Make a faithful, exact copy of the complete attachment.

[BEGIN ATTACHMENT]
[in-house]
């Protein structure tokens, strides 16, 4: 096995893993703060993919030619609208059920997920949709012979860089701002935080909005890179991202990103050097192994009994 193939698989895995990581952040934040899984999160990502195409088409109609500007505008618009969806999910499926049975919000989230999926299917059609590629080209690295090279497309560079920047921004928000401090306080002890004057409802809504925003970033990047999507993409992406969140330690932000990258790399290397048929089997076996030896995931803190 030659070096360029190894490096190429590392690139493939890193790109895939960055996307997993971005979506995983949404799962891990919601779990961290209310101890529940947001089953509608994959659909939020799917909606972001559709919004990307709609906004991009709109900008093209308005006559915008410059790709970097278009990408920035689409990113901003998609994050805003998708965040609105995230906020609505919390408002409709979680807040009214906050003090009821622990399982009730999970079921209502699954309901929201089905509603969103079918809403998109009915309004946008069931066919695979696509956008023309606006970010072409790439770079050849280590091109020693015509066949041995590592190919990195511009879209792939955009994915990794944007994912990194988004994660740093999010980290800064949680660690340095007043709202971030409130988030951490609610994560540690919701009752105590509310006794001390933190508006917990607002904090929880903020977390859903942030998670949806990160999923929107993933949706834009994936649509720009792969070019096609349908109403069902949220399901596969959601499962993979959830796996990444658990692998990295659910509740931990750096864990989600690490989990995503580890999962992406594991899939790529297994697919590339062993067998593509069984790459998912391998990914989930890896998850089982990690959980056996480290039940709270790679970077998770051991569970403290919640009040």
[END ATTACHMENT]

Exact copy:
[in-house]
């Protein structure tokens, strides 16, 4: 096995893993703060993919030619609208059920997920949709012979860089701002935080909005890179991202990103050097192994009994 193939698989895995990581952040934040899984999160990502195409088409109609500007505008618009969806999910499926049975919000989230999926299917059609590629080209690295090279497309560079920047921004928000401090306080002890004057409802809504925003970033990047999507993409992406969140330690932000990258790399290397048929089997076996030896995931803190 030659070096360029190894490096190429590392690139493939890193790109895939960055996307997993971005979506995983949404799962891990919601779990961290209310101890529940947001089953509608994959659909939020799917909606972001559709919004990307709609906004991009709109900008093209308005006559915008410059790709970097278009990408920035689409990113901003998609994050805003998708965040609105995230906020609505919390408002409709979680807040009214906050003090009821622990399982009730999970079921209502699954309901929201089905509603969103079918809403998109009915309004946008069931066919695979696509956008023309606006970010072409790439770079050849280590091109020693015509066949041995590592190919990195511009879209792939955009994915990794944007994912990194988004994660740093999010980290800064949680660690340095007043709202971030409130988030951490609610994560540690919701009752105590509310006794001390933190508006917990607002904090929880903020977390859903942030998670949806990160999923929107993933949706834009994936649509720009792969070019096609349908109403069902949220399901596969959601499962993979959830796996990444658990692998990295659910509740931990750096864990989600690490989990995503580890999962992406594991899939790529297994697919590339062993067998593509069984790459998912391998990914989930890896998850089982990690959980056996480290039940709270790679970077998770051991569970403290919640009040």